We’ve all met them — fellow students or colleagues who just can’t seem to get it together, and sometimes even appear to be purposely sabotaging their most important career or academic efforts. “Genuine excuse artisans,” as this January 5 article in the Health section of the New York Times refers to them,

…don’t wait until after choking to practice their craft. They hobble themselves, in earnest, before pursuing a goal or delivering a performance. Their excuses come preattached: I never went to class. I was hung over at the interview. I had no idea what the college application required.

“This is real self-sabotage, like drinking heavily before a test, skipping practice or using really poor equipment,” said Edward R. Hirt, a psychologist at Indiana University. “Some people do this a lot, and often it’s not clear whether they’re entirely conscious of doing it — or of its costs.”

Even if some people are able to pull the wool over their own eyes this way, others around them certainly are not deceived. A recent study by James C. McElroy of Iowa State University and J. Michael Crant of the University of Notre Dame (read the abstract here) found that outsiders begin to look negatively upon people who are constantly full of excuses for shoddy performances.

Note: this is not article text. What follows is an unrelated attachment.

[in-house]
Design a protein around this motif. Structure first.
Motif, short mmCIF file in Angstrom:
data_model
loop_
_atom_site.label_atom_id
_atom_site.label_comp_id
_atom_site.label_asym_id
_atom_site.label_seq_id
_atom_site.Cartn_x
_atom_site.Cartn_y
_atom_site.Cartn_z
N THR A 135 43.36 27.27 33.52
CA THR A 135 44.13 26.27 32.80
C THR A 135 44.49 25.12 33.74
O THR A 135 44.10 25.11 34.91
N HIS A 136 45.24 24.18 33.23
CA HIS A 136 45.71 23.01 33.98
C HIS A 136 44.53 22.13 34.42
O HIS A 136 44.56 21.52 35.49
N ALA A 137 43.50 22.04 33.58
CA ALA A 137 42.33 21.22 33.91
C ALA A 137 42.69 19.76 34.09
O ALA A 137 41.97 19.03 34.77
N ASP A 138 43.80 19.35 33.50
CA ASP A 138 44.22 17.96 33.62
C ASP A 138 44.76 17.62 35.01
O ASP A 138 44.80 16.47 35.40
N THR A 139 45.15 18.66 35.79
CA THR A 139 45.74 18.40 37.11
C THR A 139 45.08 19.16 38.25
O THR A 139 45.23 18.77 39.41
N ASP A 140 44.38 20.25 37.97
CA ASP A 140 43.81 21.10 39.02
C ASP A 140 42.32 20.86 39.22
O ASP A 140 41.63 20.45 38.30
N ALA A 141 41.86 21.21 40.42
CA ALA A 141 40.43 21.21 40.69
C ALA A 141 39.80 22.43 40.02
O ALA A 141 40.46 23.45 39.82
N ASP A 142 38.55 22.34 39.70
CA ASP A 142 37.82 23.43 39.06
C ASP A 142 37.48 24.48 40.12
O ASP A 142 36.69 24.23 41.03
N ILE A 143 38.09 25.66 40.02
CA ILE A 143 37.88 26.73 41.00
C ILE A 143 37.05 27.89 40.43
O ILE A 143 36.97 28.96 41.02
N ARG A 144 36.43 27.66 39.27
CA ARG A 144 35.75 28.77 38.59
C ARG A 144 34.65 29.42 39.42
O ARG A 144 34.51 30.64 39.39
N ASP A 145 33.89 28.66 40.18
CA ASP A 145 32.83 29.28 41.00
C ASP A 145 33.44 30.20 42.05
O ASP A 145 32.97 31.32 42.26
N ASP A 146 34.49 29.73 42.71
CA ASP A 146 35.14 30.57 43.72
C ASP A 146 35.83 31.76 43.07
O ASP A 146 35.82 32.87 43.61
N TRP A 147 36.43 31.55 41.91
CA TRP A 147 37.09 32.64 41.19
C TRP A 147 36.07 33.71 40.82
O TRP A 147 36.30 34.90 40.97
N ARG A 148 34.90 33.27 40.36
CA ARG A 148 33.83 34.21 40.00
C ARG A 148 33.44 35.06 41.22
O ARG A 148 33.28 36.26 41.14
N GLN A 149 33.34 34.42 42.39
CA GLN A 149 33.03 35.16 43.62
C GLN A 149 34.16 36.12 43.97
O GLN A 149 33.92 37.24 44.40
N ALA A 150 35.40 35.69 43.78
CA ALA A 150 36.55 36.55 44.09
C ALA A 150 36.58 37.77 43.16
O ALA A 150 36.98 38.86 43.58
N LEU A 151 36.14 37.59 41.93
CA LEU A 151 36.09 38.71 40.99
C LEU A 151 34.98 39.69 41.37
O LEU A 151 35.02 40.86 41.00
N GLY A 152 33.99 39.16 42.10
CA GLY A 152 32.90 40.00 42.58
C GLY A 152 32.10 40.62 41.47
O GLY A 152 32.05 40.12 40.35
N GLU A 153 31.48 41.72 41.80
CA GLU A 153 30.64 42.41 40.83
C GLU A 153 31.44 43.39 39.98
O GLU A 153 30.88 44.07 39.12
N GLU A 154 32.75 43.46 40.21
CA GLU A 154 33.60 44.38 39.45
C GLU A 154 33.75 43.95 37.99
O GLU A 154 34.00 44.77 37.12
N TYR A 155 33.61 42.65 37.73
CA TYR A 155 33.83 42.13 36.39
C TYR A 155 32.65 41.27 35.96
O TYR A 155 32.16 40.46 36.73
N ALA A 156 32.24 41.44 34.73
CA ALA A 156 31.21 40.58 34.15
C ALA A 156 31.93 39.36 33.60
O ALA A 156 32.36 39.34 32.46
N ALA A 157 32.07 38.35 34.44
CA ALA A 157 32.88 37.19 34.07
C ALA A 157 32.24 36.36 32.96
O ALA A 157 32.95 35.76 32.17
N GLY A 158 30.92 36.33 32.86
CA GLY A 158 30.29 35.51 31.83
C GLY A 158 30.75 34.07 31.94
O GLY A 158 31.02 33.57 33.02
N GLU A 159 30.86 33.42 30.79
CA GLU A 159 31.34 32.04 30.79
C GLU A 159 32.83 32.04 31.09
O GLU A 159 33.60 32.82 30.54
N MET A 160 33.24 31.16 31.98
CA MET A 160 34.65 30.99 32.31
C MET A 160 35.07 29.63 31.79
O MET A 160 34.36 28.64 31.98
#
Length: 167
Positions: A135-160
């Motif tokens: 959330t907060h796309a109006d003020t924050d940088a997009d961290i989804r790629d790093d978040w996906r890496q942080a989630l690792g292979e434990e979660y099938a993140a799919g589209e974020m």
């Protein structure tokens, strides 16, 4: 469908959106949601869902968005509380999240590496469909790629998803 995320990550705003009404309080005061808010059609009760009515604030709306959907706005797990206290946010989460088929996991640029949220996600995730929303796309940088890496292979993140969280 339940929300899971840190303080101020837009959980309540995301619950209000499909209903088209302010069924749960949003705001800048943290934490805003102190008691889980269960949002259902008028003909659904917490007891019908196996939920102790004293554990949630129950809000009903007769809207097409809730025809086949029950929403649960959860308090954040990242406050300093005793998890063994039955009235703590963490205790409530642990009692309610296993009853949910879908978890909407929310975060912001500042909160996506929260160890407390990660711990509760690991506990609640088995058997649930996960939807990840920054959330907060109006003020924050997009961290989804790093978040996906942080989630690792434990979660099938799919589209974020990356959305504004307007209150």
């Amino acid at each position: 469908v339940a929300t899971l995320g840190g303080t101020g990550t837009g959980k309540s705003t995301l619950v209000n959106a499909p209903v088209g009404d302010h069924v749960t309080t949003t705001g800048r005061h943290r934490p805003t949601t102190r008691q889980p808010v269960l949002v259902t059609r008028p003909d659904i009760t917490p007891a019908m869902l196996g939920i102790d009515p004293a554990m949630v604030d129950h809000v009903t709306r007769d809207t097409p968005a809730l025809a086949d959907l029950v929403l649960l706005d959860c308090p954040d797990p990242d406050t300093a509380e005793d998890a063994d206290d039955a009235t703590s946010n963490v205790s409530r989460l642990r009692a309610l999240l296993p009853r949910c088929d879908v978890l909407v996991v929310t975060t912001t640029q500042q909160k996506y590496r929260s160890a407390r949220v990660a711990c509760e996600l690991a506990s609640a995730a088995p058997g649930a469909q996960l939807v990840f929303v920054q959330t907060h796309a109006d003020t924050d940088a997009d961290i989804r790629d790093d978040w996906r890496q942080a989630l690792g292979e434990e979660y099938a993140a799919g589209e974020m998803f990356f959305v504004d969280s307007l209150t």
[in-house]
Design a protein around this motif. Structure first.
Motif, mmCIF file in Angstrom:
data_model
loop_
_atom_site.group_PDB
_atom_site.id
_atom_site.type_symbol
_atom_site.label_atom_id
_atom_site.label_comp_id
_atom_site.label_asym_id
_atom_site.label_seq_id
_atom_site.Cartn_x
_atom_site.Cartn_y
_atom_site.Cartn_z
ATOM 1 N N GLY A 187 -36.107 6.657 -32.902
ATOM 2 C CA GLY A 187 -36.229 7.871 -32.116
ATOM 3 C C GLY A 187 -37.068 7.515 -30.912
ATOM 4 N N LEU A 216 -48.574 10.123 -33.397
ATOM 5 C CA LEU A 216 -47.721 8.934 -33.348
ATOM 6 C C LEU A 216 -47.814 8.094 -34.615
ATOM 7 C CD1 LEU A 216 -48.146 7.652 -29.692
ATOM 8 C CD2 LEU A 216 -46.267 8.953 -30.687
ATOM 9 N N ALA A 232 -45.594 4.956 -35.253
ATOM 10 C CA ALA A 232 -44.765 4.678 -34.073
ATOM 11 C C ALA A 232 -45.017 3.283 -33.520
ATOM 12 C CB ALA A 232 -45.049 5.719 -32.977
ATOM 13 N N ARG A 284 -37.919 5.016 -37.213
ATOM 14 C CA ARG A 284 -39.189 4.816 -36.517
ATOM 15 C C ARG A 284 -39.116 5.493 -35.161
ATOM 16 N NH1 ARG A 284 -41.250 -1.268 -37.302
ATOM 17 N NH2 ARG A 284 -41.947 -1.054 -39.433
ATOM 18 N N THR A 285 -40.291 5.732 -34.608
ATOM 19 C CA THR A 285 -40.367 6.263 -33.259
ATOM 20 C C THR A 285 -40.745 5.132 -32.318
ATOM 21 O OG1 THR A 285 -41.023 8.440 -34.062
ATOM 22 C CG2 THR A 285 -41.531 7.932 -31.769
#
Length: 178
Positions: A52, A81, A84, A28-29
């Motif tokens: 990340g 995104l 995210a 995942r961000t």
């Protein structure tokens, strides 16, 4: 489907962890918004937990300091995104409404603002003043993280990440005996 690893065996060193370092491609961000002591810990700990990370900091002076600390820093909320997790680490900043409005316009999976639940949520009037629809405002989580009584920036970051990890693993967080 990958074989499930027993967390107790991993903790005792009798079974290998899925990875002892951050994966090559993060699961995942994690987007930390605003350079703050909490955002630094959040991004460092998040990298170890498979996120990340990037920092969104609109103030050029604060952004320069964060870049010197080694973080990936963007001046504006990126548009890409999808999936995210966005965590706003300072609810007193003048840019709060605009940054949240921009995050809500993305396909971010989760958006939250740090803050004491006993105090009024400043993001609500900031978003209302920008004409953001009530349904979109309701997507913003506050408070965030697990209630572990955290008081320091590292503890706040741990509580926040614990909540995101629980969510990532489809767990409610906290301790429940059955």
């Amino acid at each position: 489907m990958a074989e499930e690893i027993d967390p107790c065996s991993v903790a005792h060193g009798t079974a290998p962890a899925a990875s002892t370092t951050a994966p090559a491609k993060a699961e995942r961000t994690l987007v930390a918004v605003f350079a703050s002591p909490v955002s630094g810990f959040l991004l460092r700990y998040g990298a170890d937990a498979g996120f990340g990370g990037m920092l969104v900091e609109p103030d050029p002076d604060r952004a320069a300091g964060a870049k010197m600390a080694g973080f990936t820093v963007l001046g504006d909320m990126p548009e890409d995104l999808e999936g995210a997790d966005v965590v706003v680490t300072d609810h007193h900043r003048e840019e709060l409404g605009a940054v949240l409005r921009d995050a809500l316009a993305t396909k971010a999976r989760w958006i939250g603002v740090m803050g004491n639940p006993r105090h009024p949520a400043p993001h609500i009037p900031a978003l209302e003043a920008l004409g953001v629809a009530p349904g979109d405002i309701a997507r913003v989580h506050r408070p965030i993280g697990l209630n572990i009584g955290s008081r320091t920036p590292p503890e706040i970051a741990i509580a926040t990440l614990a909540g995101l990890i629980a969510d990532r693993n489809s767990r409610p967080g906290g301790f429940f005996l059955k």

Why is this? Before you spend too much time questioning this phenomenon in others, take a look at your own behavior. When was the last time you stayed up into the wee hours of the morning, despite an important commitment early the next day? Have you ever failed to study enough for an important exam, even if it was worth a significant part of your final grade? Had too much to drink the night before a major game or race? Wondered why you weren’t trying harder on a challenging task or assignment? If you’re now berating yourself for some past failure, you’ve missed my point: most of us are guilty of self-sabotage at least occasionally, but only rarely do we admit to ourselves the real reason for our behavior.

The Times article makes a really interesting point toward the end: This phenomenon of unconsciously shooting oneself in the foot is undoubtedly related to a fear of failure. After all, if you never put your best effort in, when you fail you can always fall back on the excuse that you weren’t really trying in the first place, thus preserving your self-image. The article concludes,

“It’s like the line from the old Brando movie ‘On the Waterfront’: ‘I coulda been a contender,’ ” Dr. Hirt said. “In the long term, that may be easier to live with for some people than to know that they did their very best and failed.”

On that note, here’s a New Year’s resolution for us all: Try to be more aware of the excuses we make, and commit to taking risks sometimes in order to do our best possible work. Knowing you gave your absolute best to the task at hand, regardless of outcome, should be a reward in and of itself.

 


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    Last reviewed: By John M. Grohol, Psy.D. on 8 Jan 2009
    Published on PsychCentral.com. All rights reserved.

APA Reference
Grinnell, R. (2009). Excuses, Excuses. Psych Central. Retrieved on December 22, 2014, from http://psychcentral.com/blog/archives/2009/01/07/excuses-excuses/

 

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